Recent developments in the neurosciences have led to dramatic breakthroughs in the area of brain development and the understanding of consequences of neglect. Because this process was heretofore not understood, legislators have been wary of drafting child protection statutes that afforded the possibility for arbitrary interference with families. Strict statutory standards have been adopted that allow coercive intervention only in cases where the child is at substantial risk of imminent physical harm, or after some of the most severe consequences of neglect have been identified. These laws do not consider developmental harm because it does not present an imminent danger of physical injury, yet such harm will affect a child throughout life.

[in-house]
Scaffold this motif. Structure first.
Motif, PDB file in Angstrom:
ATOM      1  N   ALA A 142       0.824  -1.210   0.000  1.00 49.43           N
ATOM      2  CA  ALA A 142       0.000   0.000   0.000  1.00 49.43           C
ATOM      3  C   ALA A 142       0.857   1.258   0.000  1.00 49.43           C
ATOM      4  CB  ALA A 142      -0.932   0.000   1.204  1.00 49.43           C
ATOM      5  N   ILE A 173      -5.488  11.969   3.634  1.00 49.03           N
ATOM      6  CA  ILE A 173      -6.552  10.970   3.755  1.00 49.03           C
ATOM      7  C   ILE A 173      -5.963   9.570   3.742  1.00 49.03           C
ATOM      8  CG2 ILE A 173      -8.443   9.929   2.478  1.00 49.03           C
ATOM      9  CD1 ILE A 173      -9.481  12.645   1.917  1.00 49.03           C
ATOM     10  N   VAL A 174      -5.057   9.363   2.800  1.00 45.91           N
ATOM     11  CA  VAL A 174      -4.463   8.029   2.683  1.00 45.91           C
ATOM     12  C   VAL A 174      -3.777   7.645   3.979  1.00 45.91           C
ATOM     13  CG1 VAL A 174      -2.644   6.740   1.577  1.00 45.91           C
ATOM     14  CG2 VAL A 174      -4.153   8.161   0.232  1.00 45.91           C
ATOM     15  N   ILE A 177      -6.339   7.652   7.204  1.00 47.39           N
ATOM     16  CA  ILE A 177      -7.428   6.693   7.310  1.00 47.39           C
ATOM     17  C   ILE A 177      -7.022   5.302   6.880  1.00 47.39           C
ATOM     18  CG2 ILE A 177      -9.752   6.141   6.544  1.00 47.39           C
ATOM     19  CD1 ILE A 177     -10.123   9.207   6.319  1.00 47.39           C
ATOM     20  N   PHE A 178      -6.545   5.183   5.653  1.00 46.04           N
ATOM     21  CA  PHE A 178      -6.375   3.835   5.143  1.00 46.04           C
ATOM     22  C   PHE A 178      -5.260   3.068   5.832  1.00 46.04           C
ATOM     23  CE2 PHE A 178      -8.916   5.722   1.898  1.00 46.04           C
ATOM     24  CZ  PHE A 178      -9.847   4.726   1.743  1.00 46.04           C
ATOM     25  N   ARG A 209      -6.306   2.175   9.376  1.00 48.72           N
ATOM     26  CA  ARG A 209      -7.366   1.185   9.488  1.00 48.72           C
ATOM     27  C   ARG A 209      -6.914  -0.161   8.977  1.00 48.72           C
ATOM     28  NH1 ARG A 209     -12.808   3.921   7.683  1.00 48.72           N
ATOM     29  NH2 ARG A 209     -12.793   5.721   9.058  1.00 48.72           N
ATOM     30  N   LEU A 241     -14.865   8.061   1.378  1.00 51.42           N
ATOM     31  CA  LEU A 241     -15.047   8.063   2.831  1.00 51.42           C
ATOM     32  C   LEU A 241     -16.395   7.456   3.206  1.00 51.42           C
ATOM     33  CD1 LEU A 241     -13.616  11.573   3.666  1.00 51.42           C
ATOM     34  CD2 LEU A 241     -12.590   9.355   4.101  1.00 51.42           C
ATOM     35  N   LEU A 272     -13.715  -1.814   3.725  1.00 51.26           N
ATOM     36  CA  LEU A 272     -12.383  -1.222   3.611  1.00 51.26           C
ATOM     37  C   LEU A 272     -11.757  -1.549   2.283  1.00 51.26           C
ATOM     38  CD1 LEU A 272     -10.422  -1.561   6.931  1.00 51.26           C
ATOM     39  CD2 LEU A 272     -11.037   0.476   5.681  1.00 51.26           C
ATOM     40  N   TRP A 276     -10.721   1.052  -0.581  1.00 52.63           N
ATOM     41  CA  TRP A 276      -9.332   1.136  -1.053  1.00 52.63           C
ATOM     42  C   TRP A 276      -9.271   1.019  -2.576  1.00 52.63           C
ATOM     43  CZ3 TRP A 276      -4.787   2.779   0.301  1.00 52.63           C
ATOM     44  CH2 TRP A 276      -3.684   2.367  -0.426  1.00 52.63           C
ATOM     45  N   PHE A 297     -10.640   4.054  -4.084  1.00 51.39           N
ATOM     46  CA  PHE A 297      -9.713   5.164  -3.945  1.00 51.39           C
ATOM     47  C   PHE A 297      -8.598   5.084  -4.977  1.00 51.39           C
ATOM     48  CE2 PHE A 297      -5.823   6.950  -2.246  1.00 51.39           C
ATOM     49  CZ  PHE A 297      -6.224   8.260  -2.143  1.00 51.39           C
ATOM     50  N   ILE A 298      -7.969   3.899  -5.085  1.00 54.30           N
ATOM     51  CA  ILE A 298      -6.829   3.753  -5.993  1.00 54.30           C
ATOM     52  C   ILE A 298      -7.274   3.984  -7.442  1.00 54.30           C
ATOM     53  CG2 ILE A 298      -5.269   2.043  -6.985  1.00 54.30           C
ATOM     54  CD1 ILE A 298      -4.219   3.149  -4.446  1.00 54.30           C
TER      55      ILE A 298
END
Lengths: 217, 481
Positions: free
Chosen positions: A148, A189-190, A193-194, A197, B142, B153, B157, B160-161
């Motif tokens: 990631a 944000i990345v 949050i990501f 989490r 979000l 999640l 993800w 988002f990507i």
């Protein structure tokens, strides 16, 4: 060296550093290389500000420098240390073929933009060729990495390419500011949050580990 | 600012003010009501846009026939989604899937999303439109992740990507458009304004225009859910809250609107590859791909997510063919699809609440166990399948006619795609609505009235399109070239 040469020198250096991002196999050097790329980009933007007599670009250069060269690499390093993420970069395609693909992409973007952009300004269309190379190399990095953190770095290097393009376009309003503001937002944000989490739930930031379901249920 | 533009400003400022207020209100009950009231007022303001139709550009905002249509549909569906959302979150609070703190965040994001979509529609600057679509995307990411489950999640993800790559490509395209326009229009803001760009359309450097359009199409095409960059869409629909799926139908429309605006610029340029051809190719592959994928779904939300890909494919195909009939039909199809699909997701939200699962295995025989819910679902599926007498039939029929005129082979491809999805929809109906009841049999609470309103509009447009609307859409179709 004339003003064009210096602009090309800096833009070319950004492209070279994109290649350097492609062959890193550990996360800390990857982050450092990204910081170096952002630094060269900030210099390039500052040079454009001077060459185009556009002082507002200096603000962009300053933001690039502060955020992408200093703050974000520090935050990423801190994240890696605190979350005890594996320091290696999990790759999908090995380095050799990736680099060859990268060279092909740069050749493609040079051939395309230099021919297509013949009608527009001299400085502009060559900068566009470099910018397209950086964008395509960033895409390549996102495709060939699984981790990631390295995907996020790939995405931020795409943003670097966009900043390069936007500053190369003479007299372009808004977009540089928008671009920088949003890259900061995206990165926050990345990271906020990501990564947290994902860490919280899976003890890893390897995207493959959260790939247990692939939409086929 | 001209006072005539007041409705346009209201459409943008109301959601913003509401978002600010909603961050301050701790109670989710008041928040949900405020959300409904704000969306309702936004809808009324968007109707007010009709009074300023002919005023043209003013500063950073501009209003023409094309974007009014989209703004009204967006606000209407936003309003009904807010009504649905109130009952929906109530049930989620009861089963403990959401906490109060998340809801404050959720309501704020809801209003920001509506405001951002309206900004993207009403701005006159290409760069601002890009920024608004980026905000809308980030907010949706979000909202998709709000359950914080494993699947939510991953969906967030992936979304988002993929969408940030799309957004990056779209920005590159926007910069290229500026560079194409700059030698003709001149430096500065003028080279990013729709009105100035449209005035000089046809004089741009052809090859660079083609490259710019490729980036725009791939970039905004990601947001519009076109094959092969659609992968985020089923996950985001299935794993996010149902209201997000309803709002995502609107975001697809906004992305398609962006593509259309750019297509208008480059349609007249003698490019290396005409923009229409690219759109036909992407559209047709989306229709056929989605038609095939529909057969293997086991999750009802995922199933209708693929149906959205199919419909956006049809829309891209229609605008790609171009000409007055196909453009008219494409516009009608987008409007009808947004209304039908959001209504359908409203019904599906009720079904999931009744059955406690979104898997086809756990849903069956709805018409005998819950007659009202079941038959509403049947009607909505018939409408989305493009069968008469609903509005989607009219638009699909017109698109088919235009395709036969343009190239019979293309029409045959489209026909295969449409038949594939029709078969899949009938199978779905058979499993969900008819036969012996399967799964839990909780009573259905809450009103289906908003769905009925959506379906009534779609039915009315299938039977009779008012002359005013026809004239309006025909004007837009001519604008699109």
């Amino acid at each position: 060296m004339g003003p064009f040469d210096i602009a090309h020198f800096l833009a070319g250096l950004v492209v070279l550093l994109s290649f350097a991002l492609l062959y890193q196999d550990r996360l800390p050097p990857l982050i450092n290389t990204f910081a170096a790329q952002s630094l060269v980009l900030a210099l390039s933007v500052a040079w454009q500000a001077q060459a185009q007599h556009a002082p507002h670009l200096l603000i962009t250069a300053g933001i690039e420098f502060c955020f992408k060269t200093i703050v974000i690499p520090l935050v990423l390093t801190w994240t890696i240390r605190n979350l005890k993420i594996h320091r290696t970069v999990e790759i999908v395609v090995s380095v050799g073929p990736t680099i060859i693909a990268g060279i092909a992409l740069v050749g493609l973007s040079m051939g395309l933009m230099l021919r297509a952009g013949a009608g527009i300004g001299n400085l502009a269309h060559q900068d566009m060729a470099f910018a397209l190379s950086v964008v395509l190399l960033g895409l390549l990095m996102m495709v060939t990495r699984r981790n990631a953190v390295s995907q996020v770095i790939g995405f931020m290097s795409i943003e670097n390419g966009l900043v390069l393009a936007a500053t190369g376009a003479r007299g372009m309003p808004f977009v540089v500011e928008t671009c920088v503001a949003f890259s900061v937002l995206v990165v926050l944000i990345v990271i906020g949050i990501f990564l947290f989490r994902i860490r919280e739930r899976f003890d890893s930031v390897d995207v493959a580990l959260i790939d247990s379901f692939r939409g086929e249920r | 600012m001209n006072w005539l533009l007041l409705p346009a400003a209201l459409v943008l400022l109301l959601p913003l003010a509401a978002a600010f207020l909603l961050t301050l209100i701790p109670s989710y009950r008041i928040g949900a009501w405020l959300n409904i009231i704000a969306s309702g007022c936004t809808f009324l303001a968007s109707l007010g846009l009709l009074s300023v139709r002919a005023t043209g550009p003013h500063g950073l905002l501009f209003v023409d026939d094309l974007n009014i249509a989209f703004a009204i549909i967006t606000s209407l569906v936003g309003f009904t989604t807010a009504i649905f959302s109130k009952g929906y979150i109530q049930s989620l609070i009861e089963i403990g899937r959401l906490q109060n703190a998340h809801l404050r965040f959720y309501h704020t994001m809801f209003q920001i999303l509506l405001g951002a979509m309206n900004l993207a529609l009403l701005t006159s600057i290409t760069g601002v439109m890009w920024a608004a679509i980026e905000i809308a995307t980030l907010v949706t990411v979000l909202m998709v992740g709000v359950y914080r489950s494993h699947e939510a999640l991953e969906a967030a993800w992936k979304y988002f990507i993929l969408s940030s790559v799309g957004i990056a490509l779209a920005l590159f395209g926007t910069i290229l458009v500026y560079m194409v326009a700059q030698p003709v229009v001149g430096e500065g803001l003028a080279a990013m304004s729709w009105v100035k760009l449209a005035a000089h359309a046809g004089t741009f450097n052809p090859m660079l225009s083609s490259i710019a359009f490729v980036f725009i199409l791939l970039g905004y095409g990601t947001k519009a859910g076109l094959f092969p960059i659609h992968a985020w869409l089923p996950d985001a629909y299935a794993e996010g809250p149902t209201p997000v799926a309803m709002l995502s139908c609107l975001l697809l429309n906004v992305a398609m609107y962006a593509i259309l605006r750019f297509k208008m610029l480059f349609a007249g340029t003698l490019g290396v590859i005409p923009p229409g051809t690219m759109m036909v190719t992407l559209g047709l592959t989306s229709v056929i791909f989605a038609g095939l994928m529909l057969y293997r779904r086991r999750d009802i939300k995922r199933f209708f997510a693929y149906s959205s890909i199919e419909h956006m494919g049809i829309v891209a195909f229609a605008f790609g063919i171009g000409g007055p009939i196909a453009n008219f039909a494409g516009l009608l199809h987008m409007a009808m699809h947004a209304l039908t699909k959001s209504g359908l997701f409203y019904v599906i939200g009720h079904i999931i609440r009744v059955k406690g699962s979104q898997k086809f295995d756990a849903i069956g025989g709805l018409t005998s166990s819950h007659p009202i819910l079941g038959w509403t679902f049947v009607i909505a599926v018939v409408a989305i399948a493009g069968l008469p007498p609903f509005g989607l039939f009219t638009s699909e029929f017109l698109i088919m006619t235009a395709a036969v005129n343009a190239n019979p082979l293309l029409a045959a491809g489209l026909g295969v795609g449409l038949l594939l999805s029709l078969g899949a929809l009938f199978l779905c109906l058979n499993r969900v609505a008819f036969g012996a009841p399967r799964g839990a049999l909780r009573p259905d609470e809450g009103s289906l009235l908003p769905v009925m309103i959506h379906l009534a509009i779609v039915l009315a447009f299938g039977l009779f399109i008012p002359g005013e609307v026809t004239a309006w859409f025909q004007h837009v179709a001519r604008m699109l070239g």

Current understanding of brain development demonstrates the need for proper nutrition and stimulation during the first three years of life in order for the brain to develop the crucial neurological networks that are foundational to the functioning of an individual. The inadequacy of early brain development has permanent and irreversible consequences, leading to problems in physical, cognitive, emotional, and social domains. Costs to individuals and society as a result of these consequences are generally overlooked.

Public policy should be based on current knowledge of brain development and its significant impact on adult functioning. Major preventive efforts must be applied and made available to every child. The focus of these efforts must be child-centered and seen as a basic form of education.